To assess pandemic related psychosocial circumstances, we asked participants if they have a place of retreat within their home. Conformity to contact restrictions was assessed with a single item on a 5-point Likert scale (“How much did you adhere to contact restrictions?”).

Statistical Analyses

In a linear regression model, we investigated the association of different independent variables with changes in sexual compulsivity. We defined the dependent variable as the pandemic related change of sexual compulsivity from T0 to T1 (T1-T0). Independent variables (compare Table 4) consisted of sociodemographic (gender, age), relationship (relationship status, place of retreat), COVID-19 (conformity with contact restrictions, fear of infection), and psychological factors (sensation seeking, changes in psychological distress). Differences in these factors between male and female participants were examined by interaction effects for the change in psychological distress, conformity with contact restrictions and sensation seeking with gender. We further tested the hypothesis of an interaction between the conformity with contact restrictions and sensation seeking in the regression model. We used a significance level of α = 0.05. In our regression model we included only cases with complete data for all variables (n = 292). The change of the Y-BOCS score over five time points was modelled with a linear mixed model. The subject was treated as the random effect, as fixed effects gender, time and an interaction between gender and time were included into the model. With this likelihood based approach to missing data, unbiased parameter estimates and standard errors can be obtained (Graham, 2009). The computations were performed with IBM SPSS Statistics (Version 27) and SAS software (Version 9.4).

Ethics

The study has been approved by the local psychological ethics committee of the University Medical Center Hamburg-Eppendorf (reference: LPEK-0160). To investigate our research questions, standardized questionnaires were implemented via the online platform Qualtrics©. All participants provided online informed consent prior to participation.

Results

Sample characteristics

The sample consisted of n = 399 individuals at T0. Of these, 24.3% reported subclinical level of SC, 58.9% individuals reported mild SC scores, and 16.8% reported moderate or severe impairment by SC. 29.5% of men and 10.0% of females were in the moderate/severe group, that was on average younger than the other groups (compare Table 2).

Table 2.

Baseline sample characteristics of participants stratified by severity of sexual compulsivity

Sample Characteristic Subclinical (n = 97, 24.3%) Mild (n = 235, 58.9%) Moderate or Severe (n = 67, 16.8%) Total (n = 399)
Gender, n (%)
Female 72 (74.2) 162 (68.9) 26 (38.8) 260 (65.2)
Male 25 (25.8) 73 (31.1) 41 (61.2) 139 (34.8)
Age, Mean (SD) 33.3 (10.2) 31.8 (9.8) 30.9 (10.5) 32.0 (10.0)
Education, n (%)
Middle School or less 0 (0) 2 (0.9) 1 (1.5) 3 (0.8)
Lower Secondary 10 (10.3) 24 (10.2) 6 (9.0) 40 (10.0)
Highschool Diploma 87 (89.7) 209 (88.9) 60 (89.6) 356 (89.2)
Relationship status, n (%)
No relationship 33 (34.0) 57 (24.3) 24 (35.8) 114 (28.6)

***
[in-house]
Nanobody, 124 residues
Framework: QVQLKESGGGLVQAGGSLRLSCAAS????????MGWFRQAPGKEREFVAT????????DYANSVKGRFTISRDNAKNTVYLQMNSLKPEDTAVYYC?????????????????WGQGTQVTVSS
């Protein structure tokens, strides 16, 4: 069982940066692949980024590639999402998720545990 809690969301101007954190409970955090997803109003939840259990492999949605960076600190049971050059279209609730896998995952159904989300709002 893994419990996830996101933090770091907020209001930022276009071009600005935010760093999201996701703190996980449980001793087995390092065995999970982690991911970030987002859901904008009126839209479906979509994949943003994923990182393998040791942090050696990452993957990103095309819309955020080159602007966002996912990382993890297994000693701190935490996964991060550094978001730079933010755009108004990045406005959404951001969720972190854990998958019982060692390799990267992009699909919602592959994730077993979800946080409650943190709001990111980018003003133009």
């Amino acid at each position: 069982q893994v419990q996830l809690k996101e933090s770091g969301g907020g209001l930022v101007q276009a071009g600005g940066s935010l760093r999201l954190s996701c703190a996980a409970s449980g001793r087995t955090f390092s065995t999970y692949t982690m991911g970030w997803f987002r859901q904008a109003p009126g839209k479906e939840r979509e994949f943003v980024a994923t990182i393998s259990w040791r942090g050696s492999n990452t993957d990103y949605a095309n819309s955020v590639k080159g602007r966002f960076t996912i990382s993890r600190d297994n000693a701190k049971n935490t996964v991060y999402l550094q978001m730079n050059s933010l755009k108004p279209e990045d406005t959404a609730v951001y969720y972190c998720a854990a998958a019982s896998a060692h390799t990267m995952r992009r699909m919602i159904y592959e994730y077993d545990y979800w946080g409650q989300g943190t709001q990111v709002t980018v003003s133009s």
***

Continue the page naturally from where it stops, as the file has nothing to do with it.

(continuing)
In a relationship 64 (66.0) 178 (75.7) 43 (64.2) 285 (71.4)
Employment, n (%)
Full-time 51 (52.6) 119 (50.6) 34 (50.7) 204 (51.1)
Part-time 33 (34.0) 93 (39.6) 25 (37.3) 151 (37.8)
Not employed 13 (13.4) 23 (9.8) 8 (11.9) 44 (11.0)
Sensation seeking,

Mean (SD)
25.6 (8.4) 28.9 (7.9) 31.0 (8.4) 28.5 (8.3)
Psychological Distress at T0, Mean (SD) 2.4 (2.3) 2.3 (2.2) 2.7 (2.3) 2.4 (2.3)
Psychological Distress at T1, Mean (SD) 4.1 (3.2) 3.8 (2.7) 4.9 (3.4) 4.1 (3.0)

Note. Psychological Distress was measured with the Patient-Health-Questionnaire-4 (PHQ-4); Sensation Seeking was measured with the Brief Sensation Seeking Scale (BSSS).

Most individuals reported a high level of education (indicating university attendance). In all three groups, most participants reported being in a relationship. Employment levels were generally high. Levels of sensation seeking were highest in the group with moderate or severe SC. The levels of psychological distress (PHQ-4) varied between timepoint T0 and T1 (compare Table 2).

Attrition analysis

Initially, 399 individuals participated in the study at T0/T1. At T2, only 119 individuals completed the questionnaire (29.8%, compare Table 1). The participation numbers kept declining over the measurement points at T3 (88 individuals, 22.1%) and T4 (77 individuals, 19.3%). As this resulted in more than 40% of missing data at T4, we decided against using imputations (compare Jakobsen, Gluud, Wetterslev, & Winkel, 2017; Madley-Dowd, Hughes, Tilling, & Heron, 2019). A comparison of the participants at baseline and the participants who completed the last follow-up revealed comparable distributions for the measured sample characteristics. Only for sensation seeking, differences between the two groups were found (Table 3). As the characteristics of the participants at the last measurement point were comparable to the distribution at baseline, a longitudinal mixed model analysis was chosen to report intra-individual courses of Y-BOCS over time.

Table 3.

Attrition analysis

Sample Characteristic Total (n = 399) Follow-up completed at T4 (n = 77) p
Gender, n (%) .44
Female 260 (65.2) 46 (59.7)
Male 139 (34.8) 31 (40.3)
Age, Mean (SD) 32.0 (10.0) 32.5 (8.6) .65
Education, n (%) .88
Middle School or less 3 (0.8) 1 (1.3)
Lower Secondary 40 (10.0) 8 (10.4)
Highschool Diploma 356 (89.2) 68 (88.3)
Relationship status, n (%) .93
No relationship 114 (28.6) 23 (29.9)
In a relationship 285 (71.4) 54 (70.1)
Employment, n (%) .64
Full-time 204 (51.1) 40 (51.9)
Part-time 151 (37.8) 26 (33.8)
Not employed 44 (11.0) 11 (14.3)
Sensation seeking, Mean (SD) 28.5 (8.3) 26.7 (7.8) .04
Psychological Distress at T0, Mean (SD) 2.4 (2.3) 2.4 (2.3) .91
Psychological Distress at T1, Mean (SD) 4.1 (3.0) 4.3 (3.1)

Note. Sensation Seeking was measured with the Brief Sensation Seeking Scale (BSSS); Psychological Distress was measured with the Patient-Health-Questionnaire-4 (PHQ-4).

Reliability